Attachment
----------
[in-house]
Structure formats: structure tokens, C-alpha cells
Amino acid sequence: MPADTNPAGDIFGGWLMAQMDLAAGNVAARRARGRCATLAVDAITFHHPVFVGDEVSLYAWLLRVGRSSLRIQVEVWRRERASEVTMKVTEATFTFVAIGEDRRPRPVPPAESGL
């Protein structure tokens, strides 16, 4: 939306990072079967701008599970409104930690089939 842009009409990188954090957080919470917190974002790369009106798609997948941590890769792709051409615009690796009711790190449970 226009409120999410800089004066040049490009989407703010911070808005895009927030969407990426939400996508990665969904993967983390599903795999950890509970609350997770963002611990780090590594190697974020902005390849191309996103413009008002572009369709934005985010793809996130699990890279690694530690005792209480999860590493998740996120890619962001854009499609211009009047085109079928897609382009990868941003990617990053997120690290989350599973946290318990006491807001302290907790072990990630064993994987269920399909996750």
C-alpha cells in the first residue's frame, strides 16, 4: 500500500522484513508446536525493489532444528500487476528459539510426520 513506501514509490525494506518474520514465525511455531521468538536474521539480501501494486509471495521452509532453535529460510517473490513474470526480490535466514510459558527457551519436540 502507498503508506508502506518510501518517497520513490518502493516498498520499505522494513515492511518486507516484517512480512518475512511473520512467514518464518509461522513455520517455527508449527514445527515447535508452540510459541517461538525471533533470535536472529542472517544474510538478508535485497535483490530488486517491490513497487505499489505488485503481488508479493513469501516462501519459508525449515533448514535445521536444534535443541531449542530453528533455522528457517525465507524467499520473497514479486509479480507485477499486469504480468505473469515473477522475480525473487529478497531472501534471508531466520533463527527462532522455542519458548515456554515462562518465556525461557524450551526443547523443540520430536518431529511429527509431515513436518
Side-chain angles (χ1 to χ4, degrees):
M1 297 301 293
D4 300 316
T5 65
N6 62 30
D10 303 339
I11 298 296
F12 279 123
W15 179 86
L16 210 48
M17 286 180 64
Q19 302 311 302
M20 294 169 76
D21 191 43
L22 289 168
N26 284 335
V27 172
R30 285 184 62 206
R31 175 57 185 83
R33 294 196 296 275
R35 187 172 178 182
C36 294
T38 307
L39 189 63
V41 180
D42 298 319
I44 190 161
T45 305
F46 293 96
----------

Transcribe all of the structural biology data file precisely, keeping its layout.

[in-house]
Structure formats: structure tokens, C-alpha cells
Amino acid sequence: MPADTNPAGDIFGGWLMAQMDLAAGNVAARRARGRCATLAVDAITFHHPVFVGDEVSLYAWLLRVGRSSLRIQVEVWRRERASEVTMKVTEATFTFVAIGEDRRPRPVPPAESGL
């Protein structure tokens, strides 16, 4: 939306990072079967701008599970409104930690089939 842009009409990188954090957080919470917190974002790369009106798609997948941590890769792709051409615009690796009711790190449970 226009409120999410800089004066040049490009989407703010911070808005895009927030969407990426939400996508990665969904993967983390599903795999950890509970609350997770963002611990780090590594190697974020902005390849191309996103413009008002572009369709934005985010793809996130699990890279690694530690005792209480999860590493998740996120890619962001854009499609211009009047085109079928897609382009990868941003990617990053997120690290989350599973946290318990006491807001302290907790072990990630064993994987269920399909996750």
C-alpha cells in the first residue's frame, strides 16, 4: 500500500522484513508446536525493489532444528500487476528459539510426520 513506501514509490525494506518474520514465525511455531521468538536474521539480501501494486509471495521452509532453535529460510517473490513474470526480490535466514510459558527457551519436540 502507498503508506508502506518510501518517497520513490518502493516498498520499505522494513515492511518486507516484517512480512518475512511473520512467514518464518509461522513455520517455527508449527514445527515447535508452540510459541517461538525471533533470535536472529542472517544474510538478508535485497535483490530488486517491490513497487505499489505488485503481488508479493513469501516462501519459508525449515533448514535445521536444534535443541531449542530453528533455522528457517525465507524467499520473497514479486509479480507485477499486469504480468505473469515473477522475480525473487529478497531472501534471508531466520533463527527462532522455542519458548515456554515462562518465556525461557524450551526443547523443540520430536518431529511429527509431515513436518
Side-chain angles (χ1 to χ4, degrees):
M1 297 301 293
D4 300 316
T5 65
N6 62 30
D10 303 339
I11 298 296
F12 279 123
W15 179 86
L16 210 48
M17 286 180 64
Q19 302 311 302
M20 294 169 76
D21 191 43
L22 289 168
N26 284 335
V27 172
R30 285 184 62 206
R31 175 57 185 83
R33 294 196 296 275
R35 187 172 178 182
C36 294
T38 307
L39 189 63
V41 180
D42 298 319
I44 190 161
T45 305
F46 293 96